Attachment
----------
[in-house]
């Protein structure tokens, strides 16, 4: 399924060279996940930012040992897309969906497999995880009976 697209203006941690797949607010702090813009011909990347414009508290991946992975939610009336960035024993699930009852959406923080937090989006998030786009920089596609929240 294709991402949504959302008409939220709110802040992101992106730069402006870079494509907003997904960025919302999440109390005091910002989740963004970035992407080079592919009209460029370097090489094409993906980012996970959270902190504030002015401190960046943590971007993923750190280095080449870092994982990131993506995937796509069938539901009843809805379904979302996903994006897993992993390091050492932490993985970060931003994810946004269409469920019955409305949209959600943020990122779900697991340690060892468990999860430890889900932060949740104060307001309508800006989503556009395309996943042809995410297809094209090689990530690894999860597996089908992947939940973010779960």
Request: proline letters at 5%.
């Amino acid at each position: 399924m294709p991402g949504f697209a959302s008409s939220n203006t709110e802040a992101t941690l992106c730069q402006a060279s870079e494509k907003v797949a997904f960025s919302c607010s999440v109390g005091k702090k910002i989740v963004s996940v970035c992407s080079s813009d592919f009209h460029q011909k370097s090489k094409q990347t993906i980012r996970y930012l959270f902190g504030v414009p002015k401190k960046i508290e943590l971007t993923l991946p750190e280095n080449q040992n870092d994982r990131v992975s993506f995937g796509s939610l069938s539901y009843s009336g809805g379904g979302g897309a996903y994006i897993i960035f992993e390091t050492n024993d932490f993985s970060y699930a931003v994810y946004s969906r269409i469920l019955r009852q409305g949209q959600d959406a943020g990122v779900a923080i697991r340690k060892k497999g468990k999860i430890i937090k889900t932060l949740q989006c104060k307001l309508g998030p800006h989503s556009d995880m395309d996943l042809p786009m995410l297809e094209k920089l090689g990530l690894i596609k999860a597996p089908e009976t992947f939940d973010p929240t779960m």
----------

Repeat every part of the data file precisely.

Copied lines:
[in-house]
């Protein structure tokens, strides 16, 4: 399924060279996940930012040992897309969906497999995880009976 697209203006941690797949607010702090813009011909990347414009508290991946992975939610009336960035024993699930009852959406923080937090989006998030786009920089596609929240 294709991402949504959302008409939220709110802040992101992106730069402006870079494509907003997904960025919302999440109390005091910002989740963004970035992407080079592919009209460029370097090489094409993906980012996970959270902190504030002015401190960046943590971007993923750190280095080449870092994982990131993506995937796509069938539901009843809805379904979302996903994006897993992993390091050492932490993985970060931003994810946004269409469920019955409305949209959600943020990122779900697991340690060892468990999860430890889900932060949740104060307001309508800006989503556009395309996943042809995410297809094209090689990530690894999860597996089908992947939940973010779960």
Request: proline letters at 5%.
């Amino acid at each position: 399924m294709p991402g949504f697209a959302s008409s939220n203006t709110e802040a992101t941690l992106c730069q402006a060279s870079e494509k907003v797949a997904f960025s919302c607010s999440v109390g005091k702090k910002i989740v963004s996940v970035c992407s080079s813009d592919f009209h460029q011909k370097s090489k094409q990347t993906i980012r996970y930012l959270f902190g504030v414009p002015k401190k960046i508290e943590l971007t993923l991946p750190e280095n080449q040992n870092d994982r990131v992975s993506f995937g796509s939610l069938s539901y009843s009336g809805g379904g979302g897309a996903y994006i897993i960035f992993e390091t050492n024993d932490f993985s970060y699930a931003v994810y946004s969906r269409i469920l019955r009852q409305g949209q959600d959406a943020g990122v779900a923080i697991r340690k060892k497999g468990k999860i430890i937090k889900t932060l949740q989006c104060k307001l309508g998030p800006h989503s556009d995880m395309d996943l042809p786009m995410l297809e094209k920089l090689g990530l690894i596609k999860a597996p089908e009976t992947f939940d973010p929240t779960m």